Eat Raja, a zero-waste juice bar in Bangalore

Their initiative also loops in certain shops and hotspots that stand for raising the environmental conscience of the population in Bangalore. For example, Eat Raja is a juice stand that does not use cups to serve their juices. They use the peels of fruits and vegetables that are carved out to hold juices which can then be recycled with zero pollution as compared to a plastic cup. Mr. Raja, owner of Eat Raja, says, “The biggest problem with most of us is that we do not know how to dispose of e-waste. Eat Raja has now become a point where a lot of people not only come to dispose of their e-waste but also get educated.”

E-waste on the global scale

In 2019, 53.6 million tonnes of waste was generated globally. Only 17.4% of this waste was recycled sustainably while 80% of it remained unaccounted for. India stands as one of the frontrunners in this section. It accounts for being the third largest e-waste generator in the world. Within India, Bangalore holds the responsibility for being the third largest city to generate e-waste.

Data Source: Statista.com

The need for e-waste management is increasing day by day. Especially now, with the COVID-19 pandemic forcing people to move online to conduct everyday businesses, the need for devices has increased. However, one of the most responsible sectors for the generation of e-waste are the corporations or industries. Their output remains significantly higher than that of citizens. There’s only so much an average family of four can generate in a year compared to an organization of over a thousand employees.

Aftermath and measures that can be implemented

The environment gets severely affected because of e-waste that either lies around or gets burned at the end of the day. We are already seeing a major change in the climate due to an increase in heat. The air in India is slowly becoming poisonous and will soon become fatal if not taken care of sooner.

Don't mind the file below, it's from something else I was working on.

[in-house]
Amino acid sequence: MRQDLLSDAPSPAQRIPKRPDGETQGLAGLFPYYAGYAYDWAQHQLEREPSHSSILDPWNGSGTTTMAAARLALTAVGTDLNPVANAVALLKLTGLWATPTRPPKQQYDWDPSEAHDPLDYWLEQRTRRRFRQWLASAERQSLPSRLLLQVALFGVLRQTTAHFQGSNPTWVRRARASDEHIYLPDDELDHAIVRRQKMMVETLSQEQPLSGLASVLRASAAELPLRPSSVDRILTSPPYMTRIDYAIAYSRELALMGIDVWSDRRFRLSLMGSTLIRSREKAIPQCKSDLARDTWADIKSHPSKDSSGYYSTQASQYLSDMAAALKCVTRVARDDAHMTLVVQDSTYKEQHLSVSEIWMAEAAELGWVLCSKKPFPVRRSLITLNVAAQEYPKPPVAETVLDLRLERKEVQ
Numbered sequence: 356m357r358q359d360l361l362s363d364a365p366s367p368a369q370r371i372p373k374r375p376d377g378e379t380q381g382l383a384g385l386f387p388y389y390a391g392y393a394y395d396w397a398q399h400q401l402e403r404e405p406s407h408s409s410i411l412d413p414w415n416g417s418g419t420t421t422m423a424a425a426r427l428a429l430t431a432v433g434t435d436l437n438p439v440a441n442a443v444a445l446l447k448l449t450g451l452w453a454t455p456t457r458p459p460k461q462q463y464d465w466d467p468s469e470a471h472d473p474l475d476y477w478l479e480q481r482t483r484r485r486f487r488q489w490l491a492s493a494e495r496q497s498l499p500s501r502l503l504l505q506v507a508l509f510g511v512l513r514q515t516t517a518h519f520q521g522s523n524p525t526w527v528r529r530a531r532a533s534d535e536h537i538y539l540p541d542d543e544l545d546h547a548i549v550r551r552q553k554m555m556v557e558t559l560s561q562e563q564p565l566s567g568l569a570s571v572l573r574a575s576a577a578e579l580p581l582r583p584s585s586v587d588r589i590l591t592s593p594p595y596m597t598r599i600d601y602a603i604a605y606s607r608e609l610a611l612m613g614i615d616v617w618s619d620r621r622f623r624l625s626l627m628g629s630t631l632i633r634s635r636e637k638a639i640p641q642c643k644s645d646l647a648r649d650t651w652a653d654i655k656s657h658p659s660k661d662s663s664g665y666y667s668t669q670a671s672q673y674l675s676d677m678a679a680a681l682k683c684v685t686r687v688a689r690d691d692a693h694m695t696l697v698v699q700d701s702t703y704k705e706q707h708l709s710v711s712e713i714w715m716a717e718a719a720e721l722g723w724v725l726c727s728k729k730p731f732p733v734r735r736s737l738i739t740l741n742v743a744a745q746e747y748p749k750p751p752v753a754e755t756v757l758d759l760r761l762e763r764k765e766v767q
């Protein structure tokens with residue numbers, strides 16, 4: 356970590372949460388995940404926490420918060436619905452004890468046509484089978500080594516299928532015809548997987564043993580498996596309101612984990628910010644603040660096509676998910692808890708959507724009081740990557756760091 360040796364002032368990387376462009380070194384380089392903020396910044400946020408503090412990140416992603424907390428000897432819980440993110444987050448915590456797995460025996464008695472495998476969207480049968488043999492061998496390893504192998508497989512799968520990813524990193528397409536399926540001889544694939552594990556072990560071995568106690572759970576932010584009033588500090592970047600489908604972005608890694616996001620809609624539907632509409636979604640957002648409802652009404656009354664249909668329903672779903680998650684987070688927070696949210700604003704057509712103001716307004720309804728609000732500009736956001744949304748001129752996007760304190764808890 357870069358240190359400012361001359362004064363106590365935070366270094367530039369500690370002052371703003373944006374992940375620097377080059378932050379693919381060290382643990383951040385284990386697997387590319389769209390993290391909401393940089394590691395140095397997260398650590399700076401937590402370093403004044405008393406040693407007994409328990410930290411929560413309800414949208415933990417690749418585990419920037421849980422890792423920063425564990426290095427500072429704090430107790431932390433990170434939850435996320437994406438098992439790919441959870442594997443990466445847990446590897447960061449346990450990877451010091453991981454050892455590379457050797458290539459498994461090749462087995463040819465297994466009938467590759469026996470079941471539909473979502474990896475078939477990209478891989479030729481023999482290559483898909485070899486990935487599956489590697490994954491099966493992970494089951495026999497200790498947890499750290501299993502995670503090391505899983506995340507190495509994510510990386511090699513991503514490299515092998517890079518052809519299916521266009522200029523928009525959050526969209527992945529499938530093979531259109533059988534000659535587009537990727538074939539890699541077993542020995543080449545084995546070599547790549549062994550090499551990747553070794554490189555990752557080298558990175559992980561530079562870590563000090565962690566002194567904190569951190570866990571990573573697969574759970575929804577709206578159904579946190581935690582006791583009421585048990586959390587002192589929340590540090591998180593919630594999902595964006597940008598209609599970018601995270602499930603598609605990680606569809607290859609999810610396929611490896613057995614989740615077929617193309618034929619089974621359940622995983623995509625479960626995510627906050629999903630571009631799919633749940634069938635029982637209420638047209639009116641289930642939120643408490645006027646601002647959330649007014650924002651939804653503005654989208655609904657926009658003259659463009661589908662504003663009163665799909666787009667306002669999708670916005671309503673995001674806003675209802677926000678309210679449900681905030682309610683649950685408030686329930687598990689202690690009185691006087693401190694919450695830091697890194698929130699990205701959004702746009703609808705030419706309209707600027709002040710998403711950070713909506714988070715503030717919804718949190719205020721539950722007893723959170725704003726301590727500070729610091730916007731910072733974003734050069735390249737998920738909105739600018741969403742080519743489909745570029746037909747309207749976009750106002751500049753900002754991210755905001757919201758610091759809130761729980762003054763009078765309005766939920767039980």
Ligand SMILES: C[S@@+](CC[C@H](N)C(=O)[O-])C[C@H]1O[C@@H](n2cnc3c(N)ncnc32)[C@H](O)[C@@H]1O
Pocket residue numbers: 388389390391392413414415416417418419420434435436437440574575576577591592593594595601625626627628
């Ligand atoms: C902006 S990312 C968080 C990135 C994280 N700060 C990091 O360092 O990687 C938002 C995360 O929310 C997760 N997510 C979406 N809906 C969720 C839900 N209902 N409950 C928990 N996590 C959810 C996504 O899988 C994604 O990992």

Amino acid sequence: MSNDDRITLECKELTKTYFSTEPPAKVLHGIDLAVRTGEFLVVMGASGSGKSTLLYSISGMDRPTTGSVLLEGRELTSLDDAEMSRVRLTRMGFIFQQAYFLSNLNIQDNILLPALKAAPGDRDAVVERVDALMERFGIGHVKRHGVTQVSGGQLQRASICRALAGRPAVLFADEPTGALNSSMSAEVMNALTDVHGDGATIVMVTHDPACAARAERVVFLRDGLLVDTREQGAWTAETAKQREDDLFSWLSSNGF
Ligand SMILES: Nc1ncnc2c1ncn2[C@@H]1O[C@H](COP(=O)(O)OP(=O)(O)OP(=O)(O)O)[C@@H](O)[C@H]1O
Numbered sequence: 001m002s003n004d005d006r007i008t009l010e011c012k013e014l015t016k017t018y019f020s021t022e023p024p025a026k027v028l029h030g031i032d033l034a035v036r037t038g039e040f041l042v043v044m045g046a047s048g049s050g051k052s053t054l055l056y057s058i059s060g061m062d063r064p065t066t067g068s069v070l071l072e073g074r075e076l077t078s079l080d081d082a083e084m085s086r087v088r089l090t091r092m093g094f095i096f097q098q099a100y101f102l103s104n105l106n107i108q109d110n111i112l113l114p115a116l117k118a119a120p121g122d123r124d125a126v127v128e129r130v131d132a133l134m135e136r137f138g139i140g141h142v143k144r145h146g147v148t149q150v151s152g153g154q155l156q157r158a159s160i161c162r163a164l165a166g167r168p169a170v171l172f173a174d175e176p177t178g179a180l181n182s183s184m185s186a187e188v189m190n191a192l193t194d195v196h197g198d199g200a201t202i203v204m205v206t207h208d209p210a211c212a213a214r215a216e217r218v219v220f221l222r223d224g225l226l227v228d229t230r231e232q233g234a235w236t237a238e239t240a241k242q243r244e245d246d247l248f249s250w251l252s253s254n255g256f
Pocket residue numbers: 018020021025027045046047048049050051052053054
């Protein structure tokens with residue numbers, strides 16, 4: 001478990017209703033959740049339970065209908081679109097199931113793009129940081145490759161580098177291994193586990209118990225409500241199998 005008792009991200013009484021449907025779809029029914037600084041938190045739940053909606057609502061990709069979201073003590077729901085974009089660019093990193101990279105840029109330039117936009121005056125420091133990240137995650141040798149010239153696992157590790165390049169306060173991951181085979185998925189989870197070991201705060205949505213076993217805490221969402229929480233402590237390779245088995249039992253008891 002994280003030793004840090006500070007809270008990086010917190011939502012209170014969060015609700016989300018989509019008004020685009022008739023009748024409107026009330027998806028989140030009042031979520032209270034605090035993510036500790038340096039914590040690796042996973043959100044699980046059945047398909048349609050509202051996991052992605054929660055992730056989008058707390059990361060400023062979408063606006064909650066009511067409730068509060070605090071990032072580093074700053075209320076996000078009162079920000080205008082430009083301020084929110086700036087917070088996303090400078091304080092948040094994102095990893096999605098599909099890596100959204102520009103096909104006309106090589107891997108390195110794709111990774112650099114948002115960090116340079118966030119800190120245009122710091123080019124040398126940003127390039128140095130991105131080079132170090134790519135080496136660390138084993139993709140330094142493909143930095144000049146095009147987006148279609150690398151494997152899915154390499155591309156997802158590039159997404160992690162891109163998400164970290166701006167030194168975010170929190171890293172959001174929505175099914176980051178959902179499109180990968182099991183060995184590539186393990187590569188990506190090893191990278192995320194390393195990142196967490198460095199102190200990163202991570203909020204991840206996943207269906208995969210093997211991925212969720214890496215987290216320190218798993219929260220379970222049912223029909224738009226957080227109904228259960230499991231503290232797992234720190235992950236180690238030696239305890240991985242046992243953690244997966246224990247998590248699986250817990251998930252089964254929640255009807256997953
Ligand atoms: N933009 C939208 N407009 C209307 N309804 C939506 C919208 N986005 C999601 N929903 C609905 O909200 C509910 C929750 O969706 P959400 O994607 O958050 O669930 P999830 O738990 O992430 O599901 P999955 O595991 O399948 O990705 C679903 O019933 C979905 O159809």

For the issue to be taken care of on an individual scale, one needs to jog their memories back to school when we were taught about the four R’s. Reduce, reuse, repair and recycle.

Every year, new tech will show up with features that overshadow the gadgets of the past; however, none of these bring anything new to the way you use your gadgets to work. Reduce the temptation to give in to this cycle of upgrading regularly. In case of accidents where a device may get damaged, invest in the idea of reparation. Or simply pass it on to those who need it, if it is in working conditions. It may just live a longer shelf life than you assumed it would. Reuse the repaired devices instead of tossing them out or giving it to your kabadiwala. All that does is deplete the quality of not only your device, but also your environment. If none of the steps work out or apply to your device then one must focus on recycling, given that it is through an authorized or formal sector.

Lastly, understand the crucial processes of recycling. Upgrade your environmental and social conscience through some valuable research time on how your e-waste can be less of a burden on the planet.